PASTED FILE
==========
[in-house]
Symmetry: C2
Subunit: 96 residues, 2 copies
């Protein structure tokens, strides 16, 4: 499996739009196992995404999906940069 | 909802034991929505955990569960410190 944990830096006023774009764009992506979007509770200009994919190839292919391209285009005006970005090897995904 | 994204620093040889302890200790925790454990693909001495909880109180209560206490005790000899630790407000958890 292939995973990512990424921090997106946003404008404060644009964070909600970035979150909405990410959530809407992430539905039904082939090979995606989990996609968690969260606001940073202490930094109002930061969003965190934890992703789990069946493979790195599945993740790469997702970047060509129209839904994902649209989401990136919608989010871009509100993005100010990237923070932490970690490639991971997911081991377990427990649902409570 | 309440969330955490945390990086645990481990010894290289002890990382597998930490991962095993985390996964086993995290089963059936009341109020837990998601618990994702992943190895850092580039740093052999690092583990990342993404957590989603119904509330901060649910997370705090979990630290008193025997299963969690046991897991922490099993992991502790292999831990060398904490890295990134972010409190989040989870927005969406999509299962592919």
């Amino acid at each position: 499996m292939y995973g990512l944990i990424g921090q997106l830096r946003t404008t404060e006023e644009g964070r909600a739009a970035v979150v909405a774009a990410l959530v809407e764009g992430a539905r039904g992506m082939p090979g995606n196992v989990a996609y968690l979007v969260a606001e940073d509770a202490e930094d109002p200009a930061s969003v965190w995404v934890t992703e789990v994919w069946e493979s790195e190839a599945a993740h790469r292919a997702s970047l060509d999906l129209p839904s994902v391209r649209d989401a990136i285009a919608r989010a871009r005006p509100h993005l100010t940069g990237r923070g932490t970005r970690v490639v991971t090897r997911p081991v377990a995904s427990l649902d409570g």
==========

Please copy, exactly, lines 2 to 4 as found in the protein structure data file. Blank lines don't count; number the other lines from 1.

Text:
Symmetry: C2
Subunit: 96 residues, 2 copies
């Protein structure tokens, strides 16, 4: 499996739009196992995404999906940069 | 909802034991929505955990569960410190 944990830096006023774009764009992506979007509770200009994919190839292919391209285009005006970005090897995904 | 994204620093040889302890200790925790454990693909001495909880109180209560206490005790000899630790407000958890 292939995973990512990424921090997106946003404008404060644009964070909600970035979150909405990410959530809407992430539905039904082939090979995606989990996609968690969260606001940073202490930094109002930061969003965190934890992703789990069946493979790195599945993740790469997702970047060509129209839904994902649209989401990136919608989010871009509100993005100010990237923070932490970690490639991971997911081991377990427990649902409570 | 309440969330955490945390990086645990481990010894290289002890990382597998930490991962095993985390996964086993995290089963059936009341109020837990998601618990994702992943190895850092580039740093052999690092583990990342993404957590989603119904509330901060649910997370705090979990630290008193025997299963969690046991897991922490099993992991502790292999831990060398904490890295990134972010409190989040989870927005969406999509299962592919």